Quote Originally Posted by atara View Post
    You have more than three neurotransmitters, and it's a good idea to pay attention to adrenergic, opioid, oxytocic, melatonergic, and cholinergic effects as well as our beloved catechols and serotonin.
    I do know of course that there are more than three neurotransmitters and I also know that more of them are involved in anxiety. E.g. GABA greatly reducing anxiety which is why benzos, GBL and ethanol help. But the only thing I know about MDPV is that it raises DA and NE levels in the synapse by inhibition of their respective reuptake transporters. I don't know how this might affect other processes in the brain (or anywhere else in the body) that play a role in mediating anxiety. That's actually what I meant with "what's the thing I'm missing here?".
    Reply With Quote
     

  5. Collapse Details
     
    #5
    Quote Originally Posted by kken View Post
    MDAI definetly doesnt solve the issue. Well said atara thats my understanding as well. pregabalin seems to be very efficent for the comedown. It decreases noradrenaline and glutamate levels alot. id say more efficent than diazepam for mdpv caused anxiety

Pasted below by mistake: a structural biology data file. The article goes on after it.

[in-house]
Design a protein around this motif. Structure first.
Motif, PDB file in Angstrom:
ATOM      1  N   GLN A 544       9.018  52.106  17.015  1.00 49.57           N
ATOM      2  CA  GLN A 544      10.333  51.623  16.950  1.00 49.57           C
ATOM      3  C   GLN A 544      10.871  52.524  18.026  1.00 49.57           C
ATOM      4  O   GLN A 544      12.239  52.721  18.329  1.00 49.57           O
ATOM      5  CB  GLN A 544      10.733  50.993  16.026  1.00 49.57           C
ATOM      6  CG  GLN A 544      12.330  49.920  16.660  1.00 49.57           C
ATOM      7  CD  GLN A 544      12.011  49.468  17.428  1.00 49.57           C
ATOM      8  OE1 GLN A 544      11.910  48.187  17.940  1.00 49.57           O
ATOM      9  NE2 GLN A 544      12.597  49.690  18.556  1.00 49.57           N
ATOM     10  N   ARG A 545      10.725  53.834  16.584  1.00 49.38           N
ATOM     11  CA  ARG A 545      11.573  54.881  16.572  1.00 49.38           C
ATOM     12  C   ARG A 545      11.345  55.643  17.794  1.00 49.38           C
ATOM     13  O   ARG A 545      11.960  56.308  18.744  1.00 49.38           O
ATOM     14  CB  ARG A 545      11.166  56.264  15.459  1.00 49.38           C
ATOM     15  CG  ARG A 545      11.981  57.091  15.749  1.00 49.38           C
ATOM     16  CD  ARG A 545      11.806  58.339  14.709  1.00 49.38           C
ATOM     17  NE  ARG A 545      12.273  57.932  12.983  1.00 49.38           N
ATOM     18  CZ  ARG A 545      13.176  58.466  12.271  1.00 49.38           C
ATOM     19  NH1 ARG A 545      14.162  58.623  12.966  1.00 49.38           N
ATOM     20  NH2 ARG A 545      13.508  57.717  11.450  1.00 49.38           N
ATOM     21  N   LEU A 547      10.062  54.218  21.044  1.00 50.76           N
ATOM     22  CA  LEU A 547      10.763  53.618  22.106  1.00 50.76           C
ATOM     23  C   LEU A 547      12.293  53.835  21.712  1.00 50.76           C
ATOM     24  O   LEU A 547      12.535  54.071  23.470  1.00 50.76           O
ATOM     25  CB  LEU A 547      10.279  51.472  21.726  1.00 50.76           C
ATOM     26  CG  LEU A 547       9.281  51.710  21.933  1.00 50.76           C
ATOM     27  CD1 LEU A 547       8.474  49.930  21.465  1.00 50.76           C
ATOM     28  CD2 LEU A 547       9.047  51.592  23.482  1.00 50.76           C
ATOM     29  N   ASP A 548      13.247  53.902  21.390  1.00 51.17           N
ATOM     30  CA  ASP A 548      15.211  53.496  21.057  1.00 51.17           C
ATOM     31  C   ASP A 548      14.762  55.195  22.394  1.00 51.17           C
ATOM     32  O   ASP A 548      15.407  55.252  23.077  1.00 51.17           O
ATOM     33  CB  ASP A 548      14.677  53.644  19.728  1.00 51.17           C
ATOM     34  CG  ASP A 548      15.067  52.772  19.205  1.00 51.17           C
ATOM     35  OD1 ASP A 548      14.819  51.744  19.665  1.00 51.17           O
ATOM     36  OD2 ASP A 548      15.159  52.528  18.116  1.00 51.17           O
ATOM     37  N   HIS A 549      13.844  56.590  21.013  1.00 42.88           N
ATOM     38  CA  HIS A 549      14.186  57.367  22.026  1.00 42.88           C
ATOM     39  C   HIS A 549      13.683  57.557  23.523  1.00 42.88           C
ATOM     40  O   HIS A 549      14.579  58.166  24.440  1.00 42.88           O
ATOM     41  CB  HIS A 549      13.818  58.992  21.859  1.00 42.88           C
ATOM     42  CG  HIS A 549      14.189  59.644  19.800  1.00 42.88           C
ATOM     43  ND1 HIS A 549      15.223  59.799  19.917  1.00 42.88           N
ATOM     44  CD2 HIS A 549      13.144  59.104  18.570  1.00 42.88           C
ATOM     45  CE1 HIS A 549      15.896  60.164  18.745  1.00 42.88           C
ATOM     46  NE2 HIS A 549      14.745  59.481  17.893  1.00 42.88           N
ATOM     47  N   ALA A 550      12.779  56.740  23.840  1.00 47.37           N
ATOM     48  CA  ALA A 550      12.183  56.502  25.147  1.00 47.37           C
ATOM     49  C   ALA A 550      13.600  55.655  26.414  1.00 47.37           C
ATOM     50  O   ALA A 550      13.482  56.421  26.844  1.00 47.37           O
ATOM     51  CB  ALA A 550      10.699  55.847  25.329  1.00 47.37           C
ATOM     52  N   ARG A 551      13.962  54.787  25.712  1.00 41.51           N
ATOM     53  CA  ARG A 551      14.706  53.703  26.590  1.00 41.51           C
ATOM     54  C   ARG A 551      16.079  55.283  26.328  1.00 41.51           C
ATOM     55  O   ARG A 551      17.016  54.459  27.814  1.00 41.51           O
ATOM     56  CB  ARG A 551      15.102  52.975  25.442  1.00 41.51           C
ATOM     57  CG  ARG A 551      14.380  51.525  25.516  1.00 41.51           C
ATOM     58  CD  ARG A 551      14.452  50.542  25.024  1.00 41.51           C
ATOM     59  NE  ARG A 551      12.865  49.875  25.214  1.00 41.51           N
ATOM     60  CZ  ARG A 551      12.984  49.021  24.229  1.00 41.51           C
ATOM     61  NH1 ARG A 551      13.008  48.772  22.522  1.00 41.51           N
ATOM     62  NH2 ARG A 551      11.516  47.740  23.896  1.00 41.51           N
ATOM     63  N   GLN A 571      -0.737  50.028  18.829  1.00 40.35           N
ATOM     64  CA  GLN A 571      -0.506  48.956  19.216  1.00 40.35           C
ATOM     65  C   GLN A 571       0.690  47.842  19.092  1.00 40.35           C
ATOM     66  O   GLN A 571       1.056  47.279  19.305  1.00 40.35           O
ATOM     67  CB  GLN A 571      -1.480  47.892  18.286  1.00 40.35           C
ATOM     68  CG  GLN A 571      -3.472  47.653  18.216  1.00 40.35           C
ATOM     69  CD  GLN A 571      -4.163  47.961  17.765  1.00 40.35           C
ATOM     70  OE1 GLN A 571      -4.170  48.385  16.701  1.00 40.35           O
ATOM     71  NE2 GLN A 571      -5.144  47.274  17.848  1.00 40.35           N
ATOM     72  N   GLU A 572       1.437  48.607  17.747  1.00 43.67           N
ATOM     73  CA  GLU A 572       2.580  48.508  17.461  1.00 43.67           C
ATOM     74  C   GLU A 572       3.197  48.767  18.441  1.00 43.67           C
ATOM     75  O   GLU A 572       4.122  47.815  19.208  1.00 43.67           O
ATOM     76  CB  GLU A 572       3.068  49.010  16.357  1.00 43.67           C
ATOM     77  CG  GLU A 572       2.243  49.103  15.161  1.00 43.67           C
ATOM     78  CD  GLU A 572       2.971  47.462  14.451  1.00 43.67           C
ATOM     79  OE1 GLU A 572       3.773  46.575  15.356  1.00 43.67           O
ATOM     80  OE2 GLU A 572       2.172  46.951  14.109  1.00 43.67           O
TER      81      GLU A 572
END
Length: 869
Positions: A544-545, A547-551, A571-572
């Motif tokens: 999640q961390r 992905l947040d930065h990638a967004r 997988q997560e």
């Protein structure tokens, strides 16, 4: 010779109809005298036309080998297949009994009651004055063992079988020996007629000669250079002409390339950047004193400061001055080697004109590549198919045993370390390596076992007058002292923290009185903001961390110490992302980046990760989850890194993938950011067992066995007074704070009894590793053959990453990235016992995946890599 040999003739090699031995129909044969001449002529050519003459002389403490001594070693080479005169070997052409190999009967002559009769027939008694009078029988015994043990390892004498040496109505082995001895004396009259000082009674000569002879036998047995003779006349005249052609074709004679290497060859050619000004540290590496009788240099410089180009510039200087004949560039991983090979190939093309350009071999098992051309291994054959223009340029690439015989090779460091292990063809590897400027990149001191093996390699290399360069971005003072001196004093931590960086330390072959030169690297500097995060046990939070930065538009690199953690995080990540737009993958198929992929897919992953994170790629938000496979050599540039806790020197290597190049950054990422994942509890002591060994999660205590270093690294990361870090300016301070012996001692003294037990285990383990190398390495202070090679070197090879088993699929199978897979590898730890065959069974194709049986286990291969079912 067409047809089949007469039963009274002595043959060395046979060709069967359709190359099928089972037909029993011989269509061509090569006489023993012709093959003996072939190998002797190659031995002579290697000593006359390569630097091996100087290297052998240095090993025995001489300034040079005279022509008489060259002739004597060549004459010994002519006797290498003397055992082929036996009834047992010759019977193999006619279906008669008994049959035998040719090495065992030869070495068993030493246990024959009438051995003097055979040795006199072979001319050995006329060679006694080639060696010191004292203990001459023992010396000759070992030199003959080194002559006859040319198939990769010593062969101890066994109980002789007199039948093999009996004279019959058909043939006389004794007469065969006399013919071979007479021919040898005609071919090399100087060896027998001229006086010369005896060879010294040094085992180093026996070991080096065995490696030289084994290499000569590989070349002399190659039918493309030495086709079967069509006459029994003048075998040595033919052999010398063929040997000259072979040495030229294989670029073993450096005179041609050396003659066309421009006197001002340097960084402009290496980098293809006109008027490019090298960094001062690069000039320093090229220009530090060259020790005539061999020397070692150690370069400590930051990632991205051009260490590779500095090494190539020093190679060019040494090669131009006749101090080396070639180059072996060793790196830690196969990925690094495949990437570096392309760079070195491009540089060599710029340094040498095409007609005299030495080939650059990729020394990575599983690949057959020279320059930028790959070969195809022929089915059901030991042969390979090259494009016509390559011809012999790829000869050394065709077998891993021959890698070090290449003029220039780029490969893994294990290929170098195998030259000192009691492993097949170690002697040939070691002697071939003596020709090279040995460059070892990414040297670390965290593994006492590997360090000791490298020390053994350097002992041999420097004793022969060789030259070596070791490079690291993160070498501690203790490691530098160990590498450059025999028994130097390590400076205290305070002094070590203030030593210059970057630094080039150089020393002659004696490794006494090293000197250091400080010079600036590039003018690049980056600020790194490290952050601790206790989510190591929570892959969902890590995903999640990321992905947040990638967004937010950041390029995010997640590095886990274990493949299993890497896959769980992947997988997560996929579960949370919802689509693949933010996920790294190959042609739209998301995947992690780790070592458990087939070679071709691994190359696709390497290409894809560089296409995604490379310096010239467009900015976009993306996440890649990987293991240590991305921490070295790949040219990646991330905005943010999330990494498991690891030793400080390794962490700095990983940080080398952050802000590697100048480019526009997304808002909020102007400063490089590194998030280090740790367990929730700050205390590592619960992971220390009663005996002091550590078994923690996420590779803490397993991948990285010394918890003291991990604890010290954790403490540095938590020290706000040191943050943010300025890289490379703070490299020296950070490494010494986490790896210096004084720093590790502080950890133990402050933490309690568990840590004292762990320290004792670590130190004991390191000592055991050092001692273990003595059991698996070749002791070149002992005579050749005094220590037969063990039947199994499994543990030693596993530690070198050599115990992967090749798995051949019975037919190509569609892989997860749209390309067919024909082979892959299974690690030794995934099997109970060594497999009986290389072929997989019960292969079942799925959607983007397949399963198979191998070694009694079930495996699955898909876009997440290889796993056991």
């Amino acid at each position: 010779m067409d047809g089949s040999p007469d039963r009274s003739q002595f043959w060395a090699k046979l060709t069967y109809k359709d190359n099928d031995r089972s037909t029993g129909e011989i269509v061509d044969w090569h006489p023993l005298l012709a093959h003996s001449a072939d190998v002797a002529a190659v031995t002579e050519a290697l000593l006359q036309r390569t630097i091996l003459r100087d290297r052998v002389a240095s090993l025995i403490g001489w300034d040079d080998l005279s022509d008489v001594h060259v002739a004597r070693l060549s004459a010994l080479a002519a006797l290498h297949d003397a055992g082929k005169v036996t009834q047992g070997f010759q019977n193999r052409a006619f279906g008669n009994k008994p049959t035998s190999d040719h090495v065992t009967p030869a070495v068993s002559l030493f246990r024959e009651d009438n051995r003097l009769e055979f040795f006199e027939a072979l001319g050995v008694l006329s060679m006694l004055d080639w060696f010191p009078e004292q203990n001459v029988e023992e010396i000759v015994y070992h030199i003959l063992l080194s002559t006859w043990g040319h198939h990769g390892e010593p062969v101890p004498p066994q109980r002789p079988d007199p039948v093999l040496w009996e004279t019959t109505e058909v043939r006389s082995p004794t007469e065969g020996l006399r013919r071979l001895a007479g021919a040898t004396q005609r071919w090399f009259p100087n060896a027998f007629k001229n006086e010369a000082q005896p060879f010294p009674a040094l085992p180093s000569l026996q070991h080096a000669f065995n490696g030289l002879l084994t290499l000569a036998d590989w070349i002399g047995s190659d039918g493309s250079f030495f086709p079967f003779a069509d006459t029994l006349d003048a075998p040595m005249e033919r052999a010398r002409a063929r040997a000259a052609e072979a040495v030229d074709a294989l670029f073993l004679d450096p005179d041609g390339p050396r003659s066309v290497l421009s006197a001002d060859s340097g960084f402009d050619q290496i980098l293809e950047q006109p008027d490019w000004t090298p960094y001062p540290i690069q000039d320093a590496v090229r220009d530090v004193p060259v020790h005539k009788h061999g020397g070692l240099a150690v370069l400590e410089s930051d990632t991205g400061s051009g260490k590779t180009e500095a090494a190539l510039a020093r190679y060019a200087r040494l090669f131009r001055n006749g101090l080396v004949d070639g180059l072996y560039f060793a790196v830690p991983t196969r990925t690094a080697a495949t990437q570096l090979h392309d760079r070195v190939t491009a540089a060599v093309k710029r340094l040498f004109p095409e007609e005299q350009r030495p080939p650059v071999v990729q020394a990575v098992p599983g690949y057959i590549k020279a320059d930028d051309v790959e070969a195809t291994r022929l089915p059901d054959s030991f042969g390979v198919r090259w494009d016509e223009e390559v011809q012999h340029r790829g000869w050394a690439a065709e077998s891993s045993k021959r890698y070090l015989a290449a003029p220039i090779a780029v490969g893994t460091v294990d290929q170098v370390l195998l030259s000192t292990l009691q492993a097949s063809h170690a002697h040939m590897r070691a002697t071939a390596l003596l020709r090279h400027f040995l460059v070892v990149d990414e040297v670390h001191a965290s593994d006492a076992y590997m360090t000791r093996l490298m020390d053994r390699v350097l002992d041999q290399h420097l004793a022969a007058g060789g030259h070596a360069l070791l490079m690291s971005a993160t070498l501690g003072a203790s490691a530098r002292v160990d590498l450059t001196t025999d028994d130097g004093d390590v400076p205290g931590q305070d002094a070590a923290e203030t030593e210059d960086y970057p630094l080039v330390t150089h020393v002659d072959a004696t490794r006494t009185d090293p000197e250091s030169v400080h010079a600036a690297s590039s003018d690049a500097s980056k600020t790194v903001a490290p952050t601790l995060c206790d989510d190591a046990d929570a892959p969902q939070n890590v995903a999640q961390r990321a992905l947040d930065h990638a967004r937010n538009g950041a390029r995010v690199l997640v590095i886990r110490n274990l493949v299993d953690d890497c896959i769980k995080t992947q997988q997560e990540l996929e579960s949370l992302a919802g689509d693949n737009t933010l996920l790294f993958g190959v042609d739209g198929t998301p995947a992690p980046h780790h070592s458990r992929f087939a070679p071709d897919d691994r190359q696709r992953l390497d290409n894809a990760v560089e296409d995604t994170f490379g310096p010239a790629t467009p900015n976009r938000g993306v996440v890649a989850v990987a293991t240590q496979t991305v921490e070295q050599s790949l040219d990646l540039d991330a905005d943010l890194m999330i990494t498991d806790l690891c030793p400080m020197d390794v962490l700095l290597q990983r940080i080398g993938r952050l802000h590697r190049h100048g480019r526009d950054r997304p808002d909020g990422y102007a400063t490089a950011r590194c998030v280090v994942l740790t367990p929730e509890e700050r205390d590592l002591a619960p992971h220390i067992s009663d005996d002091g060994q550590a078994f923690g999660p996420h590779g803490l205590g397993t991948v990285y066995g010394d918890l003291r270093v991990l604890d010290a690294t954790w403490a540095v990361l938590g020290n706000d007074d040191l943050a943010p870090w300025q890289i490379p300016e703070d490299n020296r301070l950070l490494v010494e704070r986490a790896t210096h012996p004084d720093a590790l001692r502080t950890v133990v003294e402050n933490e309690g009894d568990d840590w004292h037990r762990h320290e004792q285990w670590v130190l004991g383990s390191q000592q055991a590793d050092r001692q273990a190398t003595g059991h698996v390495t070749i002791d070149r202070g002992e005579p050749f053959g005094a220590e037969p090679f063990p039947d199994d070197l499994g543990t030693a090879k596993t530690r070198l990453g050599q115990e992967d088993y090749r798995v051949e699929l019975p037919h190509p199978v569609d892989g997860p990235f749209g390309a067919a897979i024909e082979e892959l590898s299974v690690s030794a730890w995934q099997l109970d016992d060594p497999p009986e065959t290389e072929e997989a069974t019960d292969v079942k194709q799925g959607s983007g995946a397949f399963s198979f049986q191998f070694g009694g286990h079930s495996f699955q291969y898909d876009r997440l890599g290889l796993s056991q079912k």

What exactly do you mean by "the issue"? The anxiety or the comedown in general? I heard of MDAI bringing the MDPV experience closer to MDMA (makes sense in my simple 3-neurotransmitter-model of stimulants, entactogens and antidepressants). Personally, I haven't experienced MDMA yet but I know bk-MDMA and with that substance, anxiety only hits me mildly after a 2-3 hours plateau-like experience (or even later when I redose 1/3 to 1/2 of the initial amount), whereas MDPV makes my anxiety levels explode less than an hour after the onset unless I redose like 1-1.5 times the initial dose every 30-45 minutes and even if I manage to do so, the anxiety is still above baseline whereas it feels below baseline on bk-MDMA. On a night out, this makes the difference for me between a really valuable stimulant and entactogen and a complete disaster involving escaping parties due to panic attacks. I was hoping that MDAI being a non-stimulating, "pure" entactogen* would be the ideal solution to the specific problem of increased social anxiety on MDPV (a pretty prototypical "pure" stimulant, lacking any serotinergic activity afaik), bringing the whole experience closer to bk-MDMA or even MDMA (I would be satisfied with the former, not even knowing the latter) but without any serotinergic neurotoxicity. I never thought it would prevent the general comedown associated with any known stimulant or stimulant-entactogen.